Don’t Try to “Unstick” Dogs After Mating

When dogs mate, they will usually “get stuck” together. Attempting to “unstick” dogs that are mating can result in serious harm to one or both dogs. Instead, keep them calm and just wait for them to separate naturally.


If you have just observed two dogs mating for the first time, you may be shocked and concerned; it can look a little disturbing. The way dogs mate is unique among the mammalian species – particularly the part where the dogs get “stuck” together by their genitalia, in a butt-to- butt stance. Sometimes the dogs themselves become alarmed by their inability to escape from their partner, and may yelp or scream in apparent pain or discomfort. That’s when concerned owners or bystanders to an unplanned canine mating may try various things to separate the dogs, from physically pulling them apart to spraying them with water from a cold hose. Both of these tactics are not only ineffective but also cruel and possibly injurious to the dogs. The best thing to do is keep the dogs calm and contained (just snap a leash onto each dog’s collar) and wait for the process to end; they will separate naturally within about five to 45 minutes.

Why Dogs Get “Stuck” When Mating

Dog mating
A successful tie or even the length of the tie does not guarantee pregnancy – and interrupting the process does not guarantee the prevention of a pregnancy. To prevent injury to the dogs, owners or bystanders should just leash the dogs and wait calmly until the dogs separate on their own. Photo by buffaloboy, Getty Images

An intact female dog has two phases to her heat cycle (see “How long are dogs in heat?”). It is during the second phase that she will enter estrus, the period of time during which she will become receptive to being mated with an intact male dog.

The female dog begins the mating process by positioning her tail to the side and allowing the male dog to mount her. The male dog becomes aroused and his penis will become erect and protrude from the prepuce. The male dog will stand on his hindlimbs and grasp the female dog around her “waist” with his forelimbs.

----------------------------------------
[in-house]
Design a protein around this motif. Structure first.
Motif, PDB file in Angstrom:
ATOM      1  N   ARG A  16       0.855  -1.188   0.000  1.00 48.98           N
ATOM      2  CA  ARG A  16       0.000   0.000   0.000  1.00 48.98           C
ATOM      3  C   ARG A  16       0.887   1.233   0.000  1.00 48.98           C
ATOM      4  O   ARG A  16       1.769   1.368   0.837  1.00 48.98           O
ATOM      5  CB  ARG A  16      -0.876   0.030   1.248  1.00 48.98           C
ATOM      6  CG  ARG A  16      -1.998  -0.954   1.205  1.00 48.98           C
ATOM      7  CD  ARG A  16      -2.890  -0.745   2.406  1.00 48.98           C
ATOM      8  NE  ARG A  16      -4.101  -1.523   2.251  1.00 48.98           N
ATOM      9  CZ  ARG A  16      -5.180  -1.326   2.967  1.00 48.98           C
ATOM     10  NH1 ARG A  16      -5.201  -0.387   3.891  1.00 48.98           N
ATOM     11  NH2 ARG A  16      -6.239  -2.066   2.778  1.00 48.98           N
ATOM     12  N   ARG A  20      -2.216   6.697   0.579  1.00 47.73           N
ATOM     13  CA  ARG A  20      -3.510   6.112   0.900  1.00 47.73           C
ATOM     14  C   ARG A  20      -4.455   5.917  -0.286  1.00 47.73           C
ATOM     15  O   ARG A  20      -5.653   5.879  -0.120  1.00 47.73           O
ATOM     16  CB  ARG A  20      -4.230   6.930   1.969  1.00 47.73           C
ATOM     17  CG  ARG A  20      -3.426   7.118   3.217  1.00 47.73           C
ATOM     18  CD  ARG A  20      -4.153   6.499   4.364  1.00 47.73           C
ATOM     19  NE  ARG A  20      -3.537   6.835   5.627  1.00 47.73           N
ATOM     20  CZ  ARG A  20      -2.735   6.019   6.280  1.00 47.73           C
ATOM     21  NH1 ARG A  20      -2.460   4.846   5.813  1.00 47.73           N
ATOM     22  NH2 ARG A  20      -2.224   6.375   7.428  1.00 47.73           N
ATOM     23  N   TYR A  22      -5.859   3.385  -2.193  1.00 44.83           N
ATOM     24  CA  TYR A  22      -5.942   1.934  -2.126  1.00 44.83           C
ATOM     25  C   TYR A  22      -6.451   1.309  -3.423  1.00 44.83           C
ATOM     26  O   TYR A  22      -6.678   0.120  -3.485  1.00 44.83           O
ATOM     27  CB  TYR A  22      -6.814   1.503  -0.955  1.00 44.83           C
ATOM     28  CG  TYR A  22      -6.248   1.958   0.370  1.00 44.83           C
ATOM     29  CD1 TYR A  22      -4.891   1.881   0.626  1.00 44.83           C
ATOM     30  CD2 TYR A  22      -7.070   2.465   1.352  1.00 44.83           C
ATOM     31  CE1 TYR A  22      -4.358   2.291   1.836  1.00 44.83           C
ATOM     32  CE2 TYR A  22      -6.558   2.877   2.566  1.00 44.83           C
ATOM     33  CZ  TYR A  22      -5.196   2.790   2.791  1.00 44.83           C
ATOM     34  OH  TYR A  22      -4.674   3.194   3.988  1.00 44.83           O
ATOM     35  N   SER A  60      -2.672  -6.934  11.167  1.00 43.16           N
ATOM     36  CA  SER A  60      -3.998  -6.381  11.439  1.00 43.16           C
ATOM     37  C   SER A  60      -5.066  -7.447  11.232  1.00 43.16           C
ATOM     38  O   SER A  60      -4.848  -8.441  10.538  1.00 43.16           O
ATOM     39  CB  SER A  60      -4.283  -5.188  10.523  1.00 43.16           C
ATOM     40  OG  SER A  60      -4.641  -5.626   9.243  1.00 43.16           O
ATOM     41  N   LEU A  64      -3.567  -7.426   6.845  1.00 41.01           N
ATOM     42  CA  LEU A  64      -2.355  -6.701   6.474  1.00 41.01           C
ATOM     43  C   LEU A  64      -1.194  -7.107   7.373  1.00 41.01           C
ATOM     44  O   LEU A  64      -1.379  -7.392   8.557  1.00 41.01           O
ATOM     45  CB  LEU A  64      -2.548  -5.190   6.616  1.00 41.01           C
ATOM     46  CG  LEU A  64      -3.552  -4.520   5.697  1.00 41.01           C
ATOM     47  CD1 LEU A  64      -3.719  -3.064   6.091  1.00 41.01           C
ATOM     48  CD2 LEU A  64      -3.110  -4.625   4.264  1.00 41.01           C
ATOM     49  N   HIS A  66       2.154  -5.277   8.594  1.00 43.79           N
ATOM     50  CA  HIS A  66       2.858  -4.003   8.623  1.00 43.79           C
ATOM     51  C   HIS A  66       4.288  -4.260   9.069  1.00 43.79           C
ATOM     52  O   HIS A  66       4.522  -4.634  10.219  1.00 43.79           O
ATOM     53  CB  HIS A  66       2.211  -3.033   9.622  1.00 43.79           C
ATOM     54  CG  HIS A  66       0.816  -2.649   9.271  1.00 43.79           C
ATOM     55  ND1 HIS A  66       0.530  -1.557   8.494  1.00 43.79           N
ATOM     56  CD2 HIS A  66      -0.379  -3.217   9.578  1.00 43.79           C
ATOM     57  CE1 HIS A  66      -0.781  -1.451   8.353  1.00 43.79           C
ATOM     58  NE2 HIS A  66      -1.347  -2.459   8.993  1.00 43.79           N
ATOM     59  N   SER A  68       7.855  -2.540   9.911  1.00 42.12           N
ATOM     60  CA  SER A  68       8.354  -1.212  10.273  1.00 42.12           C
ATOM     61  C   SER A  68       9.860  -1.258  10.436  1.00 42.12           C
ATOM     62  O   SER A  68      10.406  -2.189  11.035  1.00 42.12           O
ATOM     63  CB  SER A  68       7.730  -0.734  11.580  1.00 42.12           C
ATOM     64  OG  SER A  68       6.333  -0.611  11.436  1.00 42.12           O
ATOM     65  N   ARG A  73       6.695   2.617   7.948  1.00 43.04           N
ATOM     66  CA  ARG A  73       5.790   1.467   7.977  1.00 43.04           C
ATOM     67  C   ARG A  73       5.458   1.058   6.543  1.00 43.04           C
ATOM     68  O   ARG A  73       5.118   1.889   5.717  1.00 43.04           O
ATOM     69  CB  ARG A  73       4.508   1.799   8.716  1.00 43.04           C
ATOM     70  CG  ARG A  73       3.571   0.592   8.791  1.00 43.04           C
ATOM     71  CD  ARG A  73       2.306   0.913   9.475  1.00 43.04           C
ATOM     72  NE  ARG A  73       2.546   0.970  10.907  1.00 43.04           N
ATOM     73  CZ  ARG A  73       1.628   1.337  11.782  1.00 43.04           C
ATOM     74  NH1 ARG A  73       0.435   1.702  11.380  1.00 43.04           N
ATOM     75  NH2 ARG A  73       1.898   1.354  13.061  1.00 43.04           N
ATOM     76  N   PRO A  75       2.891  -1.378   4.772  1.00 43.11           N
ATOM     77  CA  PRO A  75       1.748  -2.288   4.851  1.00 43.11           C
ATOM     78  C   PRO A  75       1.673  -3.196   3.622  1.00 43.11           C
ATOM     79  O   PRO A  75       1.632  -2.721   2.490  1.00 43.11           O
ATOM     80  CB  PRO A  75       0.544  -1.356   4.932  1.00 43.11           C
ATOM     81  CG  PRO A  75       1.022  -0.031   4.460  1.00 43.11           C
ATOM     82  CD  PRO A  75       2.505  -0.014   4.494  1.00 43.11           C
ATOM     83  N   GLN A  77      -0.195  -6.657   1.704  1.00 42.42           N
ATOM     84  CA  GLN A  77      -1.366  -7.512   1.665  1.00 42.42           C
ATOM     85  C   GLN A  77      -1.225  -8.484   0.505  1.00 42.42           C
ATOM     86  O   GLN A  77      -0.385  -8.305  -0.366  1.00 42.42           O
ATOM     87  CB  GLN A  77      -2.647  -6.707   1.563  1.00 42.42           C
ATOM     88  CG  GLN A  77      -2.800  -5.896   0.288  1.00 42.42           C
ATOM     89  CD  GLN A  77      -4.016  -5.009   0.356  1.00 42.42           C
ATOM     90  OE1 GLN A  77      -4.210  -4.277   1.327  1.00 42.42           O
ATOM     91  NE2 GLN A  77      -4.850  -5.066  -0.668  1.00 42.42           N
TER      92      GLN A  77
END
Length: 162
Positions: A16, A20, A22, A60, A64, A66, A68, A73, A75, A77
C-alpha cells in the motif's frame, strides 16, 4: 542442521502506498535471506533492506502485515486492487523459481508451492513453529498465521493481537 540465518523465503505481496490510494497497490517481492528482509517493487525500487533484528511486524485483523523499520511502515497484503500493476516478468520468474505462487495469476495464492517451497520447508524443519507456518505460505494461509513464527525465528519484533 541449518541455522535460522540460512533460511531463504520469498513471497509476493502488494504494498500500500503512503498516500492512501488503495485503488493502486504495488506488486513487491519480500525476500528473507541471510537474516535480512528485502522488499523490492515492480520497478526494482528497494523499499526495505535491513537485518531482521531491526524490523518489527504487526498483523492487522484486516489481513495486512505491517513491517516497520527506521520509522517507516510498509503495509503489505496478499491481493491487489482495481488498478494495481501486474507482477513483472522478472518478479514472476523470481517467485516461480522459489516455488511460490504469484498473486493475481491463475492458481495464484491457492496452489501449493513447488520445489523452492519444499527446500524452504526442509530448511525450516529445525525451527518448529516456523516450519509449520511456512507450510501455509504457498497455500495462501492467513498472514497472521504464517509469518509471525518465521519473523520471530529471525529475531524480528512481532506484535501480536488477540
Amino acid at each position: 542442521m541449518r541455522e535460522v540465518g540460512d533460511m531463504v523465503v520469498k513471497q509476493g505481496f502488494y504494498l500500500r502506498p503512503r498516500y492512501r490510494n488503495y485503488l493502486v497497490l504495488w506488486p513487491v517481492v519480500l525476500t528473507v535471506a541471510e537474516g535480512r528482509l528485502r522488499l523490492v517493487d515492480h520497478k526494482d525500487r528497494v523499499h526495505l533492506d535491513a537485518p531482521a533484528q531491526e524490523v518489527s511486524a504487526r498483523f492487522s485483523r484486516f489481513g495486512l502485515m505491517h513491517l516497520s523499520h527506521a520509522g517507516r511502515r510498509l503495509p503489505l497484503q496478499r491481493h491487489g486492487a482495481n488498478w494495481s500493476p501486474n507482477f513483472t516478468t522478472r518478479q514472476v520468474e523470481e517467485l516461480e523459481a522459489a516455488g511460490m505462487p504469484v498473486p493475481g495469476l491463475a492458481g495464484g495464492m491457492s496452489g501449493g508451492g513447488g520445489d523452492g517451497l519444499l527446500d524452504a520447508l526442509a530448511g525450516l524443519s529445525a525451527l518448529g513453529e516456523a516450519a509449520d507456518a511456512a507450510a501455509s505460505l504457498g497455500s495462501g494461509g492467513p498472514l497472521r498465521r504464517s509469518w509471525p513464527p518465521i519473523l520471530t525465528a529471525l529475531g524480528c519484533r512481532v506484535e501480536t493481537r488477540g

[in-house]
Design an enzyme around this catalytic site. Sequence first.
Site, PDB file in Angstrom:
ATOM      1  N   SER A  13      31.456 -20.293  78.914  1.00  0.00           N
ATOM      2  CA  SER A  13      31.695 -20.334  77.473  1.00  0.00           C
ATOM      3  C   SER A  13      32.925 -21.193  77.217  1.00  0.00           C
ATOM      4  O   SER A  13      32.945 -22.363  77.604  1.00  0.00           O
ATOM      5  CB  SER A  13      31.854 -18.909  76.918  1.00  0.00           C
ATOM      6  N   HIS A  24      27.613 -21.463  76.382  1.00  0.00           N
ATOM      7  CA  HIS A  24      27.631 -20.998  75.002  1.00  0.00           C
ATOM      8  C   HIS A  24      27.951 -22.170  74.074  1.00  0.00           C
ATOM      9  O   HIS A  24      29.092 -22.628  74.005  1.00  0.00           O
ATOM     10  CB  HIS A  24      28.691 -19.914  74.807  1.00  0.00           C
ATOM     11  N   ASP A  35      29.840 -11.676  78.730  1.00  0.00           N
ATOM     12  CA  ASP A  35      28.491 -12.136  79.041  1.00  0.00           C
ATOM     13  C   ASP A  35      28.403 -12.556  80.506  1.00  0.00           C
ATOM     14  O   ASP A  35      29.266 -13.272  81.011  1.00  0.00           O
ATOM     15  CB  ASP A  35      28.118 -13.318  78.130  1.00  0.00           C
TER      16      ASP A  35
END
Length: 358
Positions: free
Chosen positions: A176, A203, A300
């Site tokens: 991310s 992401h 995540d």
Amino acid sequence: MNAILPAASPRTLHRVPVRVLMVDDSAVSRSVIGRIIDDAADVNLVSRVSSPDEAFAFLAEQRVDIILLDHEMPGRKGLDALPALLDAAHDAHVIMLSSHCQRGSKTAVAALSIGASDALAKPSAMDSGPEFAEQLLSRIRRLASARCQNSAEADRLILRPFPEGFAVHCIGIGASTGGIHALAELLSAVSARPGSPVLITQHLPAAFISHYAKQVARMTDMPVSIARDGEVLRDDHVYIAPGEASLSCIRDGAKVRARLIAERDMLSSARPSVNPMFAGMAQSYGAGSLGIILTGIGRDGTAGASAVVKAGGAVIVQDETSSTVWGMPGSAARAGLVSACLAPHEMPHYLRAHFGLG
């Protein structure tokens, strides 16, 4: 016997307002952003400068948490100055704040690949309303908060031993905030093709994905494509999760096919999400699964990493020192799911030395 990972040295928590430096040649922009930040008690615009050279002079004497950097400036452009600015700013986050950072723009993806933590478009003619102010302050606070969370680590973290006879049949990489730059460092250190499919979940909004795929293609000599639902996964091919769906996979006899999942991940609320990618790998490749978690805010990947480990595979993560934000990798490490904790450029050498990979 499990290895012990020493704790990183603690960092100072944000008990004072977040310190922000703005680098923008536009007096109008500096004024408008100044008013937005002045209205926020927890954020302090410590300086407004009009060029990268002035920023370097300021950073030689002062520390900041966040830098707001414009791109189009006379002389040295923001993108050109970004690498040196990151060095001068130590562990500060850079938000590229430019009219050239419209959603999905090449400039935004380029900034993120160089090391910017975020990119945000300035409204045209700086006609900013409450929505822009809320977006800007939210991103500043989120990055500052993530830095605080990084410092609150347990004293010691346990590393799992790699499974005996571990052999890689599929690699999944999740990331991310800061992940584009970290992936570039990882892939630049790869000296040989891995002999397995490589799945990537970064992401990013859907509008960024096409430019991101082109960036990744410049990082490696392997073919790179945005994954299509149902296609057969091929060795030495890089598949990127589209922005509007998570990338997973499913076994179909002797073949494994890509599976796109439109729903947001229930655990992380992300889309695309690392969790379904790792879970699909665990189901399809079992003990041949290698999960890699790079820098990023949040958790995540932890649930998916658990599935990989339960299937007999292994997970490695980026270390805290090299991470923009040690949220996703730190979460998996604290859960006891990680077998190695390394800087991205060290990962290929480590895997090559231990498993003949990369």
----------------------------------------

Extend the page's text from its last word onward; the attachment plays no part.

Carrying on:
Once mounted, the male dog’s penis enters the female dog’s vagina. The male dog thrusts his hips back and forth for about one to two minutes. Semen is deposited into the female’s vagina during this process. This is the first stage of coitus (intercourse).

Then the male dog will dismount from the female dog and stand with both forelimbs to one side of the female dog. He then swings one hindlimb over the female dog’s hind end. This is called the turn; it marks the end of the first stage and the beginning of the second stage of coitus.

Once the male dog has turned, both dogs will stand facing opposite directions with their hind ends touching. The vulva of the female dog is lined with smooth muscle that contracts around the male dog’s bulbus glandis – a round swelling that surrounds the base of the penis. The contraction of the vulva and muscle contractions at the base of the penis prevent blood from leaving the penis and keeps the penis erect. People who breed dogs call the locking of the vulva around the penis is called “the tie” – most dog owners call it “getting stuck.”

During the second stage of coitus, the male dog will steadily deposit semen into the vagina. Since the vulva and the penis are locked together, the pressure inside the vagina increases. This forces the semen (and therefore the sperm) into the uterus so that the sperm can fertilize the eggs to create little puppy embryos.

The second stage of coitus can last anywhere from five to 45 minutes. Once the smooth muscle of the vulva relaxes, blood is allowed to leave the penis. The erection ceases and the male dog removes his penis from the female dog’s vulva and walks away.